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  • KBar
    replied
    Monte

    Doing inspection work in my spare time, most guys used diesel fuel or WD-40 on small areas. It works really well unless you want to buy a form release agent which comes in a powder form also. The powder works much better than the new liquid release agent on rubber forms. Due to new EPA regulations, certain ingredients were taken out of the liquid release agent and it doesnt work as well as it used to.

    Pretty soon the government will find something wrong with our welding rods and we'll be forced to make changes.

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  • SundownIII
    replied
    Monte,

    When we were doing a lot of concrete form work we used straight grease right out of the grease gun. Ran a couple of beads all over the form and then took a stiff bristle brush to spread it out. Any grease remaining on the concrete you're molding can be easily removed with Simple Green and a scrub brush.

    The grease will also help protect the MDF.

    Just one more option.

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  • monte55
    replied
    Thanks for the replies guys...............

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  • calweld
    replied
    Monte, I never heard of kerosene being used, but diesel is easy, cheap, and convenient. Guy you really need to talk to here is DDA52, or check SFT, I think he did a whole thread on concrete one time, do a search.

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  • Bert
    replied
    I had an old-timer friend that lined his wood with parafin wax before he poured concrete. He use to make cement bird baths.

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  • aametalmaster
    replied
    Originally posted by monte55 View Post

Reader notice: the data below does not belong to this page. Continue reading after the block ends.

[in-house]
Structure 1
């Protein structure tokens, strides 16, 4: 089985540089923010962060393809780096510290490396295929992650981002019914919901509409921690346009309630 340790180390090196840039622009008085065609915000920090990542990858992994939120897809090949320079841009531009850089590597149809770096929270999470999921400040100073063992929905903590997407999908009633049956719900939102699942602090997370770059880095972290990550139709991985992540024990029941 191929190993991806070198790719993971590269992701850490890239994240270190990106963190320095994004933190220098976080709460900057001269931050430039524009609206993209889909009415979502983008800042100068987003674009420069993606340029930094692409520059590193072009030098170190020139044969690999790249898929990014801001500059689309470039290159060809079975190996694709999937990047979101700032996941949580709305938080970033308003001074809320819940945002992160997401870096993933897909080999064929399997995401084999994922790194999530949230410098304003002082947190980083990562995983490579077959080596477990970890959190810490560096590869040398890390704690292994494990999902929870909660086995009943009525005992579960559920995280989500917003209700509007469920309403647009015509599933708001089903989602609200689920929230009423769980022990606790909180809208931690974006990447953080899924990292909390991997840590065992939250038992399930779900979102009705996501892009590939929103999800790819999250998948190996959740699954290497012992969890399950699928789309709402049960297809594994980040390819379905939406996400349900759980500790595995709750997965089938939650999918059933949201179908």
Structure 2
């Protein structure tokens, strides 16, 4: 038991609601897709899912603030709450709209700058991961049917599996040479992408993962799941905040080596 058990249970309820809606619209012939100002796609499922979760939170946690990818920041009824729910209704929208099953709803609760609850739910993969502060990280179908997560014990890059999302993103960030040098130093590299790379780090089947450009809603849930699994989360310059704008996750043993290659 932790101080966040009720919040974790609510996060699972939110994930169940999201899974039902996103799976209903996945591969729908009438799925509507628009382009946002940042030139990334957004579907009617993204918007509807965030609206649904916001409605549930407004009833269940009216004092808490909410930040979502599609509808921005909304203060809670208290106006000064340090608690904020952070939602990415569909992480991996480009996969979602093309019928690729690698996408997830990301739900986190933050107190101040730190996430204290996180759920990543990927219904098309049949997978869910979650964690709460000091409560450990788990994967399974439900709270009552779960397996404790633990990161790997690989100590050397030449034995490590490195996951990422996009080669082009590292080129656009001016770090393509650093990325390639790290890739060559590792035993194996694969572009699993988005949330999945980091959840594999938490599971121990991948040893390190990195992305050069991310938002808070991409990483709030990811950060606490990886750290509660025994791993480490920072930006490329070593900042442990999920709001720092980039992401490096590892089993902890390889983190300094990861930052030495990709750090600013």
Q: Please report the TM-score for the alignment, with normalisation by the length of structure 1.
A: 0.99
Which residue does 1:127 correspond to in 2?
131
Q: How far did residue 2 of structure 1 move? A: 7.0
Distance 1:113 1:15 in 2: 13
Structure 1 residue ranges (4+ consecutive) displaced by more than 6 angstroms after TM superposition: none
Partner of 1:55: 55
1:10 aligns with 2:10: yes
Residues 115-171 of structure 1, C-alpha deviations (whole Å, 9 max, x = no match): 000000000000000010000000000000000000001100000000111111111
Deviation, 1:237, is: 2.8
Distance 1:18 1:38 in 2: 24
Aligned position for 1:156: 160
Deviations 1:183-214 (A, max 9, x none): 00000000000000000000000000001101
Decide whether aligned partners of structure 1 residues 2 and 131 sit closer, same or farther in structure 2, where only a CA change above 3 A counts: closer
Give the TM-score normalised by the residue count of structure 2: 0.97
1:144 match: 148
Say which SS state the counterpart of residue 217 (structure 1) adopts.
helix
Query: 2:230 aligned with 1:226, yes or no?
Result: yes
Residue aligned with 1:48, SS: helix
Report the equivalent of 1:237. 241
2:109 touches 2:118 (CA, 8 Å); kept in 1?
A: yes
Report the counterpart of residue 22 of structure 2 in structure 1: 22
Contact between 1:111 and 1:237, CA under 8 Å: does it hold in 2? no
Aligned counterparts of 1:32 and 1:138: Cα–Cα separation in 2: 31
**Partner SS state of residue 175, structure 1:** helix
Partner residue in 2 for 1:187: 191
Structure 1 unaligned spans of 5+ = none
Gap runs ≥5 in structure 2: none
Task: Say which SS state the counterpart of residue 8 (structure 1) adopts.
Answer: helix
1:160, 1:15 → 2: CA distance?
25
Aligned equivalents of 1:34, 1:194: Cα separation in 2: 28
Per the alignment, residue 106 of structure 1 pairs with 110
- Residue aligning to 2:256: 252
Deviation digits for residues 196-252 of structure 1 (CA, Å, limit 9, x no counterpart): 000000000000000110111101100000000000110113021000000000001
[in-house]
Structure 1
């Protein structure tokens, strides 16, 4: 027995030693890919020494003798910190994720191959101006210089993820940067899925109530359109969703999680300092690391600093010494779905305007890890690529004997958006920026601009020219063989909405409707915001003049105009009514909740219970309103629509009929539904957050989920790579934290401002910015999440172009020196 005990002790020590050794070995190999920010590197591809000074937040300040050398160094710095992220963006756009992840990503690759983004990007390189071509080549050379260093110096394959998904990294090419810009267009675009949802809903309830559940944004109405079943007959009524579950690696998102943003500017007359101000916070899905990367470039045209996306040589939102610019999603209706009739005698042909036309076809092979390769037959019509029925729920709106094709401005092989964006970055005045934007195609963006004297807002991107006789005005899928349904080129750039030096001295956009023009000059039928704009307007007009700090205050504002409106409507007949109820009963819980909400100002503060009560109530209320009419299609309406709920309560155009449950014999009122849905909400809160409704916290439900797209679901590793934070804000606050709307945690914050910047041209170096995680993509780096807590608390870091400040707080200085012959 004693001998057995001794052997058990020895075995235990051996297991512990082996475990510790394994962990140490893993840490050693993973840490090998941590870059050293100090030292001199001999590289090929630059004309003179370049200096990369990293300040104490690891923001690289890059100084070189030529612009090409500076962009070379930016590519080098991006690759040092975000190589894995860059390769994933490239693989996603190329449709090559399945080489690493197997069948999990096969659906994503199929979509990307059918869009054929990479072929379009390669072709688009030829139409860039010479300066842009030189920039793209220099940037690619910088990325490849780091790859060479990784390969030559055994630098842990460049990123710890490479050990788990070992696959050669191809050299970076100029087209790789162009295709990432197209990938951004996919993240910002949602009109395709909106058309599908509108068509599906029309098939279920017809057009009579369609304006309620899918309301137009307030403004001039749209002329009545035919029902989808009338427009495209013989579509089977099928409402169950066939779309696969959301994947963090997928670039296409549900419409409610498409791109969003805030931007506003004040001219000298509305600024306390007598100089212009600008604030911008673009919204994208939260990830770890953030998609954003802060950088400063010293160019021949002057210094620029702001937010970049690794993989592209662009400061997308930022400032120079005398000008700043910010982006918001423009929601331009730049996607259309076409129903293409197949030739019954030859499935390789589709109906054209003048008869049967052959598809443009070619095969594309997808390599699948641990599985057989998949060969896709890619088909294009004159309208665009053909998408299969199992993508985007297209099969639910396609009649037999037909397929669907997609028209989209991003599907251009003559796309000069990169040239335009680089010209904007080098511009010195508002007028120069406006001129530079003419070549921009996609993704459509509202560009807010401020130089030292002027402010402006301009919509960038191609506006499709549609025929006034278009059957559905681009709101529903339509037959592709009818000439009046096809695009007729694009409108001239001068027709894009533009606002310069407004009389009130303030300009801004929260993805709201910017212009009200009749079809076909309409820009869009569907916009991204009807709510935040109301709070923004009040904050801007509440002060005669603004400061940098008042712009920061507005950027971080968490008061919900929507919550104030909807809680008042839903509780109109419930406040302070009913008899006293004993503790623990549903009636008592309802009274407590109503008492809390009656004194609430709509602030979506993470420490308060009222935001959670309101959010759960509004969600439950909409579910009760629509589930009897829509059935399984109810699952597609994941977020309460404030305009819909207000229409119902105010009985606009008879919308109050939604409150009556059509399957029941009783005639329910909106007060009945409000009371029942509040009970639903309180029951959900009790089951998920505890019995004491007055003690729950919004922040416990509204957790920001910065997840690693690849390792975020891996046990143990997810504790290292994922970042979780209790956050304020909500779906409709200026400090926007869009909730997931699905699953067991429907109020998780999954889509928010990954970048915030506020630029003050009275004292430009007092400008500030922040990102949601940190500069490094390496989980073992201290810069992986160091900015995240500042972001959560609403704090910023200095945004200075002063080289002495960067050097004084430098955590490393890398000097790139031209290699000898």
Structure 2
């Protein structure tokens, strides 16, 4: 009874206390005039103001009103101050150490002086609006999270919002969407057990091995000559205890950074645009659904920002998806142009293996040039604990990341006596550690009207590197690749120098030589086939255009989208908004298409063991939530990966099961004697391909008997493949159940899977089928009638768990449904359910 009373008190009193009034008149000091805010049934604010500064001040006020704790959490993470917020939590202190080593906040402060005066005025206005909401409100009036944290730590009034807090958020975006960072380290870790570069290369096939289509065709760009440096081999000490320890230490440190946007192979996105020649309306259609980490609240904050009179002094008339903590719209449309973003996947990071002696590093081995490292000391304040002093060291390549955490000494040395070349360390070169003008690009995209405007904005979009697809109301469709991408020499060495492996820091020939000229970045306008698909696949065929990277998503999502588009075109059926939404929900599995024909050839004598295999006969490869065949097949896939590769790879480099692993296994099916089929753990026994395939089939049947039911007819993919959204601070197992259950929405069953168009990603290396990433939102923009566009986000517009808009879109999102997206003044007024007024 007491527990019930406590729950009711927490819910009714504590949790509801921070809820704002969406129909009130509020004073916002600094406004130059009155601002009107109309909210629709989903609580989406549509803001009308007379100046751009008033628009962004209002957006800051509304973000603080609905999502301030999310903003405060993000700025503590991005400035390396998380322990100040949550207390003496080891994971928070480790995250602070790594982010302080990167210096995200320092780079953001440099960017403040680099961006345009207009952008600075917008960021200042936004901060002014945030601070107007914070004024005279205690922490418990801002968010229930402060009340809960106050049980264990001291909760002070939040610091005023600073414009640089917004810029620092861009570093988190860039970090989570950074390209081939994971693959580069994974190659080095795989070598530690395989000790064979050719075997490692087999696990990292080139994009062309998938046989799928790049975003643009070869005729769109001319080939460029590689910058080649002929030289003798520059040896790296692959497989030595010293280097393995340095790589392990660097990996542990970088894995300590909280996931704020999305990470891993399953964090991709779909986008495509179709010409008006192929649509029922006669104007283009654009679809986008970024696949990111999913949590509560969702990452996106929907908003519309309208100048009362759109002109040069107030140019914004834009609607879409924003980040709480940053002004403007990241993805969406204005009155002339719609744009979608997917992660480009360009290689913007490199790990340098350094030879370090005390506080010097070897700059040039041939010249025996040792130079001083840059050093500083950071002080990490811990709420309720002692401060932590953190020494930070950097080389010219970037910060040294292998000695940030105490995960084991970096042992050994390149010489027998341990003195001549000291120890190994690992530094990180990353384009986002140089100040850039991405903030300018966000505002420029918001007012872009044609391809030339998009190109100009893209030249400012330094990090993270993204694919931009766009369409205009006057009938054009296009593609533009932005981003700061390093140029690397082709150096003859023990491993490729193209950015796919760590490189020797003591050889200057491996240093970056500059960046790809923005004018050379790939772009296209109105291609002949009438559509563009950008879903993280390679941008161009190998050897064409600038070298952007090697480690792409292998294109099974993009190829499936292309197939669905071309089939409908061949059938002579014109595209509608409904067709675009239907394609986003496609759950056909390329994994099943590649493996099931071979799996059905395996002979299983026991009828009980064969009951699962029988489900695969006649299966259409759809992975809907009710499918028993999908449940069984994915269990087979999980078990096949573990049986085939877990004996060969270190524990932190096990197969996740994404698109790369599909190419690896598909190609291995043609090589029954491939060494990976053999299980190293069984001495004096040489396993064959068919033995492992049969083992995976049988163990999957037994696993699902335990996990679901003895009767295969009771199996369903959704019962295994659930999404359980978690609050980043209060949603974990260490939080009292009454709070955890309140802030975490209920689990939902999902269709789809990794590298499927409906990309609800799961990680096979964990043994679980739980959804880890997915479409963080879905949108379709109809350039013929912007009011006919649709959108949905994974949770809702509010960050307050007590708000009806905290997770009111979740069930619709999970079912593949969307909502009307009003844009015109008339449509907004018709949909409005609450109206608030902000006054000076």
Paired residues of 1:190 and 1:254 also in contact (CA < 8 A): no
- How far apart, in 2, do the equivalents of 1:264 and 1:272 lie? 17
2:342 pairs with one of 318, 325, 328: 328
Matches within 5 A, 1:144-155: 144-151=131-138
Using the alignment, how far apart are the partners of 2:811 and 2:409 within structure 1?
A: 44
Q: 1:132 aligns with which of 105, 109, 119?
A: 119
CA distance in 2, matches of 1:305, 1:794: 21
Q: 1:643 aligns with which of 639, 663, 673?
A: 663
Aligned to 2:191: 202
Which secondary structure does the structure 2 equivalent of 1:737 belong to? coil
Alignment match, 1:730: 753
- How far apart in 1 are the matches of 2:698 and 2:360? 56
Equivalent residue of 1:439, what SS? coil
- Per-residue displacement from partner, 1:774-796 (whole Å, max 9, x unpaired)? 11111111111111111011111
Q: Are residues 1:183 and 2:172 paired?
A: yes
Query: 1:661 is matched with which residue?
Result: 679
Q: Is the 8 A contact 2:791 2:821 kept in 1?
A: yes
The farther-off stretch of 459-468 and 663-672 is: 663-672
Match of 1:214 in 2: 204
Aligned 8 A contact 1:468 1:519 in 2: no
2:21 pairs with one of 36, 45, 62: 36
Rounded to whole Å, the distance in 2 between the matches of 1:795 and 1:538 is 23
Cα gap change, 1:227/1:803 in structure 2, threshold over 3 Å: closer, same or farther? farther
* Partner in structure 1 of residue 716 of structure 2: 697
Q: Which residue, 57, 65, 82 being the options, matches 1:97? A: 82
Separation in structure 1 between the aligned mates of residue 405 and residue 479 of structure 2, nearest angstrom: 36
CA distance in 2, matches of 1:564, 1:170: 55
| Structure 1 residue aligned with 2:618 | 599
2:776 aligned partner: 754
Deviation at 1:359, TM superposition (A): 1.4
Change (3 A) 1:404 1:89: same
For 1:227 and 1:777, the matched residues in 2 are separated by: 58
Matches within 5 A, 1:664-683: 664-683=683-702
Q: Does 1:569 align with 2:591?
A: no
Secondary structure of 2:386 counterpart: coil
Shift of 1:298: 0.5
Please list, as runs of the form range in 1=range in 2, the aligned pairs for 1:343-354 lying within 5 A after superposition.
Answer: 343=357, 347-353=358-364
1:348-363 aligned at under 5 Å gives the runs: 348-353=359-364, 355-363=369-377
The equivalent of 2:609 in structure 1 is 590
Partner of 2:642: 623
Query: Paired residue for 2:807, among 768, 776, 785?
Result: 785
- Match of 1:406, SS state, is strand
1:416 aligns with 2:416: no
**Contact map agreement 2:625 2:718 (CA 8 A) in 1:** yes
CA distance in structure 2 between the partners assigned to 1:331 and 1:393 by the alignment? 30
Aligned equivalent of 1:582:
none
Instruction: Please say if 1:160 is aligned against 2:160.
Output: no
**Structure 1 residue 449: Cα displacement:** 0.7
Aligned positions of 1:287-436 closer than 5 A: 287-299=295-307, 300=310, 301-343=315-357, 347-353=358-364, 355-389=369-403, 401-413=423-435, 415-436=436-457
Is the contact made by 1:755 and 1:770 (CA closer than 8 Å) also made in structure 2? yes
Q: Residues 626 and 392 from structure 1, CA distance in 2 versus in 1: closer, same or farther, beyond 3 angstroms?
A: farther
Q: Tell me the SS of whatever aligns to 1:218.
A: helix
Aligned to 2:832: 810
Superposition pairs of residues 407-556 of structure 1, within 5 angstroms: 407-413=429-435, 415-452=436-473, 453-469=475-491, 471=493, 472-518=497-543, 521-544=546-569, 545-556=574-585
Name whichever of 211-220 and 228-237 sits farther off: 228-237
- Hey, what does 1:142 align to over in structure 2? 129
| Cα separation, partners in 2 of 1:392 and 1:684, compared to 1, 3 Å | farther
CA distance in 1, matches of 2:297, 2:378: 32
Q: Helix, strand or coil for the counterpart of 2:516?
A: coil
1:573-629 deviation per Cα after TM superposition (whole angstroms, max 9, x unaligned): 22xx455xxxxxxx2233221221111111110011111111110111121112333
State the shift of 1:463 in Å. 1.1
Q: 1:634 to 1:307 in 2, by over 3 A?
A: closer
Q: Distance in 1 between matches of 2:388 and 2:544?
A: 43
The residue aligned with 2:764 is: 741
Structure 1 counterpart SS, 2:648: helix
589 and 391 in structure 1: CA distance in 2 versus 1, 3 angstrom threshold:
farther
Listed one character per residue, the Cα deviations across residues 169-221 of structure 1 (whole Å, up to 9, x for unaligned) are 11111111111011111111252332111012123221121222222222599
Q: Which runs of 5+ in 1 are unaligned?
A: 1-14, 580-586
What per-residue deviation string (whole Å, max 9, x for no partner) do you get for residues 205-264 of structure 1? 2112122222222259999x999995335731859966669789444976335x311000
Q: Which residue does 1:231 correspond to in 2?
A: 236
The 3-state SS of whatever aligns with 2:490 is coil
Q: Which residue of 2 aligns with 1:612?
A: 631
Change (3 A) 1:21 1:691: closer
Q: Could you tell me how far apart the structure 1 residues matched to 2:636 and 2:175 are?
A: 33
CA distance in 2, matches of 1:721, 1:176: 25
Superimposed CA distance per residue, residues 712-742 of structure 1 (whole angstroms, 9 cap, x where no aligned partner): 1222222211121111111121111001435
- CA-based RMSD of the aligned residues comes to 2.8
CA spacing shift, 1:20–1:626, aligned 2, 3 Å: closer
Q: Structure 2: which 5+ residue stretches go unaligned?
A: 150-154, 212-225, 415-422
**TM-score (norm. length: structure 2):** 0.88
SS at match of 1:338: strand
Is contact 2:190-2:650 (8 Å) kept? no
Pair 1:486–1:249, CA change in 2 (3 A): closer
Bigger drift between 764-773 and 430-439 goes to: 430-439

Hey Cal...........how about kerosene?
    Unless we are on a Kerosene run for Turbine fuel or K1 all of our Kerosene goes into the Low Sulphur Diesel tank so the diesel could be kero or vice versia...Bob

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  • monte55
    replied
    Hey Cal...........how about kerosene?

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  • calweld
    replied
    Around here, all the concrete guys use diesel . . . just put it in a regular pump sprayer . . . spray the forms just before pouring.

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  • monte55
    replied
    Maybe I should have stated the forms are small..............say 18" square.
    This is not a high production form......

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  • Archaic
    replied
    Monte:

    You need some Form Release Agent. Used to be called Form Oil, or Form Release Oil back in the old days. There are two different formulations now. One is oil based and the other, more environmentally friendly, is water based. It was developed back in the day when almost all concrete forms were plywood, which is real "grabby" where concrete is concerned. Put it in a pack sprayer, spray your form really well, and you will get easy strip and multiple uses. I buy the stuff in fifty-five gallon drums but I am sure that you can get it in five gallon or smaller quantities. Call your local Ready-Mix concrete plant and ask them for a name of a local business that sells concrete accessories to contractors. Tell them you need some form oil, or form release oil. Stuff is relative cheap, non toxic, and easy to use. For me the oil based has always worked better than the water based.